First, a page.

The following year, 1869, saw William receive a military posting to Ireland, where though he played twice for the national side, his performances, in matches of which scores have been seen, were undistinguished. In June he played for XXII of Ireland against the All England XI and had the distinction of dismissing the fearsome George "Tear 'Em" Tarrant, thanks to a fine catch by Jack Kempster. When Ireland batted, he came in at 5 to make 13 before being dismissed by slow" lobster" Crispin Tinley who always took wickets against Ireland, offering some support to Pat Casey who made a valiant 42. Ireland, with a score of 140 managed a 9 runs lead and eventually held out for a draw, though, William fell for 0 to Yorkshire paceman George Freeman in the second innings. Later in the season, he was out of his depth when the United South of England XI defeated Ireland at Observatory Lane, James Southerton disposing him for 4 and 1. He also failed against the visitors for the Military in a match at the Curragh. At the end of the season, came the annual (almost) I Zingari tour. Playing against them for the Curragh, William was dismissed by fast bowler John Horner for 2. However IZ invited him to play in the12 a side match against Ireland at the Vice Regal Ground. The match ended in a draw with Horner bowling impressively for the tourists. However William made little impact against his former team-mates, falling for 6 and 1.

1870 saw him back in England where the rest of his cricket was played, apart from two visits to Ireland with MCC in 1871 - a disappointing match over well inside two days with a visitors' victory - and IZ in 1884. In neither encounter did he distinguish himself. His best score in an Ireland related match came at Lord's in 1870 for MCC against Na Shuler when he made a first innings 44 before being bowled by EAB Acheson. He failed in the second innings, the Shulers going on to win by 6 wickets.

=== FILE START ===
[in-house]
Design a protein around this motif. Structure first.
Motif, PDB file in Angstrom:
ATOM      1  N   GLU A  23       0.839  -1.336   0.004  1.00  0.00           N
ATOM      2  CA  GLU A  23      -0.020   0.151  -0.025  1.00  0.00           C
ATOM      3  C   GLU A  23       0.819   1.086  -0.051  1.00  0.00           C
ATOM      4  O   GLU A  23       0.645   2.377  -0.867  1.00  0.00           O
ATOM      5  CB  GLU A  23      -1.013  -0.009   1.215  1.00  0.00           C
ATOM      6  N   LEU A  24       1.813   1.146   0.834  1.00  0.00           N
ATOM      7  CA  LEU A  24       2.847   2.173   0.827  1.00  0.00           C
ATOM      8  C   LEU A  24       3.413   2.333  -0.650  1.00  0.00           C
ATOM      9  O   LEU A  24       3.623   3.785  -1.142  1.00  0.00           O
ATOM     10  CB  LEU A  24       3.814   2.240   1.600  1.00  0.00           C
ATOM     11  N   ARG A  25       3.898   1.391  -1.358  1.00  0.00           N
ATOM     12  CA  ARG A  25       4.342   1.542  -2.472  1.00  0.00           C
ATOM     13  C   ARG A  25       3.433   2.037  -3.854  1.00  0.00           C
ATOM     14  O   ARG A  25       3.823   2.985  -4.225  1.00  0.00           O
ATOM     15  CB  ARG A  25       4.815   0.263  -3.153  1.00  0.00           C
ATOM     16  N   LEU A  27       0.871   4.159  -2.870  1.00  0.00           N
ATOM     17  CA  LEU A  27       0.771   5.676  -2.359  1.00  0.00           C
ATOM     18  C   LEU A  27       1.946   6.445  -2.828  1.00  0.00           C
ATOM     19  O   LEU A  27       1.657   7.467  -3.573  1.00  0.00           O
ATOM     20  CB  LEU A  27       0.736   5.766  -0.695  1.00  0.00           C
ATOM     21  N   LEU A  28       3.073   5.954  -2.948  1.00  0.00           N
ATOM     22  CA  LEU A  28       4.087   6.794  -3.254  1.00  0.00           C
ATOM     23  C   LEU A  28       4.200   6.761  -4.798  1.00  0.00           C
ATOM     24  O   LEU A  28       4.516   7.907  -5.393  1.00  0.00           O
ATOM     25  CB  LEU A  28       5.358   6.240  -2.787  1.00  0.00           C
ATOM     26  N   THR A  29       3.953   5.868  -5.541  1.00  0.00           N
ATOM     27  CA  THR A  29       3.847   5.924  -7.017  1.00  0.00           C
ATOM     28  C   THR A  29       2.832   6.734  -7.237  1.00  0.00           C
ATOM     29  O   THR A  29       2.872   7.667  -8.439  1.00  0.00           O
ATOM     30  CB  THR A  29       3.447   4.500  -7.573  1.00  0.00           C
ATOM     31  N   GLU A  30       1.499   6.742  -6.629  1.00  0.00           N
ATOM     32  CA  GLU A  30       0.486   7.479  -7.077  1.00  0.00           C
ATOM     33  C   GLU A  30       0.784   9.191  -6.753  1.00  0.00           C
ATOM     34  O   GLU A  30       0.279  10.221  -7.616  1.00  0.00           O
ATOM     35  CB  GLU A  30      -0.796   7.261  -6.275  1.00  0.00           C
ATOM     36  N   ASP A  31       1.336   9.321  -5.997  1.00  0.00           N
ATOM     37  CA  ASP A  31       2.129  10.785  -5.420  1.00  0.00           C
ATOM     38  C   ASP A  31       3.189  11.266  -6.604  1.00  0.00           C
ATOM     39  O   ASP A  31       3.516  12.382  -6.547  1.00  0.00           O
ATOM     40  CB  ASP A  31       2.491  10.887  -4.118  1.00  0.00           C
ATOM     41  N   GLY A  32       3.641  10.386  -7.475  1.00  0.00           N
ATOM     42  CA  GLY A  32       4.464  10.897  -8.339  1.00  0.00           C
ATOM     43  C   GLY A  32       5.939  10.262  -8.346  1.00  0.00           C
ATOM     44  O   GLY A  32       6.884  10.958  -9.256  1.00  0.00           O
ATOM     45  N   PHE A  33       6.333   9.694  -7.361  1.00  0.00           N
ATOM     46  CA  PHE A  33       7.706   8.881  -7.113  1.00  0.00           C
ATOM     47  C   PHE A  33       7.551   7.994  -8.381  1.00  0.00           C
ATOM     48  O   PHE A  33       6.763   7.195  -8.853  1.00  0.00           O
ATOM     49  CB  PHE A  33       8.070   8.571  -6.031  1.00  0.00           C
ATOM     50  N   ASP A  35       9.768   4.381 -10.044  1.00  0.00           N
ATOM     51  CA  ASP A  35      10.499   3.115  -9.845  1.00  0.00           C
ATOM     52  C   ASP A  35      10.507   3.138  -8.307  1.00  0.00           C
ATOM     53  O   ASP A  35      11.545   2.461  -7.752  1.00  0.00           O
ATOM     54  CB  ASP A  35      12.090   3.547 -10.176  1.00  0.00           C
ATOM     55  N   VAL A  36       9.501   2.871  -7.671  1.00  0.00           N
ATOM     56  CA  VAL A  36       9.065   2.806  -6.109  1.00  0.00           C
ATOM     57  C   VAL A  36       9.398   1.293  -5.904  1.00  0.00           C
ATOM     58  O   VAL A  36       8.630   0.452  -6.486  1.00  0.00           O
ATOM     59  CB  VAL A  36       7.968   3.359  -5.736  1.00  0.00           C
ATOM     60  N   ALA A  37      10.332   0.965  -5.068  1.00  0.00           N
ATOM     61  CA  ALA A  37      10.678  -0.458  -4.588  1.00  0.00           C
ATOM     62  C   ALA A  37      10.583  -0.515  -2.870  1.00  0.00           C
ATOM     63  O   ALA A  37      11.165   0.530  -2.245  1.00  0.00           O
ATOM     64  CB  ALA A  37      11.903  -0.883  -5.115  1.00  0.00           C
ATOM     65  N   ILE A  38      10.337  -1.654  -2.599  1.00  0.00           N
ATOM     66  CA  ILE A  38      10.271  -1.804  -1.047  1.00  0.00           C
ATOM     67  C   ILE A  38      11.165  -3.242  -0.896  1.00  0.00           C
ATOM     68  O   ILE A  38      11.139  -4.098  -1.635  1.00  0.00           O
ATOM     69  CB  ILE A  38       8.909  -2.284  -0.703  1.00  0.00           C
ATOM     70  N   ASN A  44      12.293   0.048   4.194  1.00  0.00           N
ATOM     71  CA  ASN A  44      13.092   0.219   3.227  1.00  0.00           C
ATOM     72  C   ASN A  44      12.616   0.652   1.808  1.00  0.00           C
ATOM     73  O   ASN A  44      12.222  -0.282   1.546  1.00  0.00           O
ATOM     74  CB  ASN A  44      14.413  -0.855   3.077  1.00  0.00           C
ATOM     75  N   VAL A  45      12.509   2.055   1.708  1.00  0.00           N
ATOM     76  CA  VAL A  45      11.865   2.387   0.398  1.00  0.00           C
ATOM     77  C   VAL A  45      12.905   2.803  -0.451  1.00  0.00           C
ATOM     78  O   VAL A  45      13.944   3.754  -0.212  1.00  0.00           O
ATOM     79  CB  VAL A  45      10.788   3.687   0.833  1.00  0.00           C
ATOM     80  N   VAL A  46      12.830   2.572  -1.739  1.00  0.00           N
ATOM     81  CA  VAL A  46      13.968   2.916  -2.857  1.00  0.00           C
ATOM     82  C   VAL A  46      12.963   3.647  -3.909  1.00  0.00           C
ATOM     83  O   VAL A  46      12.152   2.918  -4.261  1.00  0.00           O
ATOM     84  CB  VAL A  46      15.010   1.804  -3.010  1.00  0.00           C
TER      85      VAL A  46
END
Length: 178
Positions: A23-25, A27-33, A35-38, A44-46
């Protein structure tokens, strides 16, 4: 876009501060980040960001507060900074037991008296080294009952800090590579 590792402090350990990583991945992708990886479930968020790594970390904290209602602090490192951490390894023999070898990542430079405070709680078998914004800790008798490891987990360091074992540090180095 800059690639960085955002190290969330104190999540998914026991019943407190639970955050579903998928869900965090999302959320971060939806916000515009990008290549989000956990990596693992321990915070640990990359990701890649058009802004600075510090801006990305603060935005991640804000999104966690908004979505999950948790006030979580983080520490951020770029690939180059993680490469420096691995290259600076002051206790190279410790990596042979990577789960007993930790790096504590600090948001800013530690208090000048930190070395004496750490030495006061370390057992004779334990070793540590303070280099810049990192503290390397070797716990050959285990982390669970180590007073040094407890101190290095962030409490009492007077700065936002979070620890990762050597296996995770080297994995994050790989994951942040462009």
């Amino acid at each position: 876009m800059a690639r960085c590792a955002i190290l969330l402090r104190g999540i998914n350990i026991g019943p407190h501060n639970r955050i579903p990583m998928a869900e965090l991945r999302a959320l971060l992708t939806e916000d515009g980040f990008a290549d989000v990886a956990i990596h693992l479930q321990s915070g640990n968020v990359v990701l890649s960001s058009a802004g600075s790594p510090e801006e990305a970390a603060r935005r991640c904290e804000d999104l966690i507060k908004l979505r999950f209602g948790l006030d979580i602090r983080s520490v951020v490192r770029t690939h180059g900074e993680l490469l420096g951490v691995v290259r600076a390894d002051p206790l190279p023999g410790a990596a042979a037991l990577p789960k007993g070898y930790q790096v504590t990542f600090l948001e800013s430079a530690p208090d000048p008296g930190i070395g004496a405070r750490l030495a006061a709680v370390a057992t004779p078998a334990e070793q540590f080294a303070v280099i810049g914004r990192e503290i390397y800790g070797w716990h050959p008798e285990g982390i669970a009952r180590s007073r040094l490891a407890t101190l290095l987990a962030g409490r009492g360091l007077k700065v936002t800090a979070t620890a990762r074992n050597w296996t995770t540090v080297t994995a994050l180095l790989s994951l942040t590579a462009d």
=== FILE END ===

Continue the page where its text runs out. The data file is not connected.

For the next decade and a half William's cricket was much in demand, mostly for MCC and Gentlemen of Devon. His military duties must have been untaxing and also his work as an MP from 1880, the latter post ending his career as a regular officer though he became a Lieutenant Colonel in a volunteer regiment. He hit several fifties in these matches, with his highest traceable score being 59 in an 1874 match for Devon against the quaintly named Will O' The Wisp XI. AS he sometimes played in the same MCC side as a useful all-rounder named A Conan Doyle, it is perhaps worth noting that in this match his scorecard entries read b Baskerville 11 c Watson b Baskerville 59.

His best bowling feat was to take 7 wickets against Westminster School in 1870, unfortunately a full analysis is not available.

In 1895 he became Conservative Chief Whip in Lord Salisbury's government having been an MP for 12 years. In 1902 with Arthur Balfour, a keen cricket follower, Prime Minister, William became Chancellor of the Duchy of Lancaster, a post he held until electoral defeat in 1906. He was then created first Baron Waleran of Uffcolme. He appears to have given up serious cricket after he became Chief Whip, his last match of note having been for the Opposition against the Government in 1893, when the Government XI included the future Home Secretary and Governor - General of South Africa Herbert Gladstone, son of the then Prime Minister. The Opposition, who won by an innings, had several well-known cricketers, including Henry, later Lord Forster, an Oxford Blue who was Governor-General of Australia during the 1920s. However William's own contribution to the victory was unimpressive.

He married Elizabeth Katherine Pitman in 1871, their son, also William, succeeded his father as MP for Tiverton but was killed in the First World War. Elizabeth died in 1911 but in 1913, Waleran married a widow Frances Grant, who died in 1951. On Waleran's death in 1925, when he left only just over 6000 in his will, the title passed to his grandson, but became extinct in 1966, the second baron, having no male heirs.

A brief obituary of William Hood Walrond, First Baron Waleran of Uffcolme in the County of Devon appeared in Wisden 1926.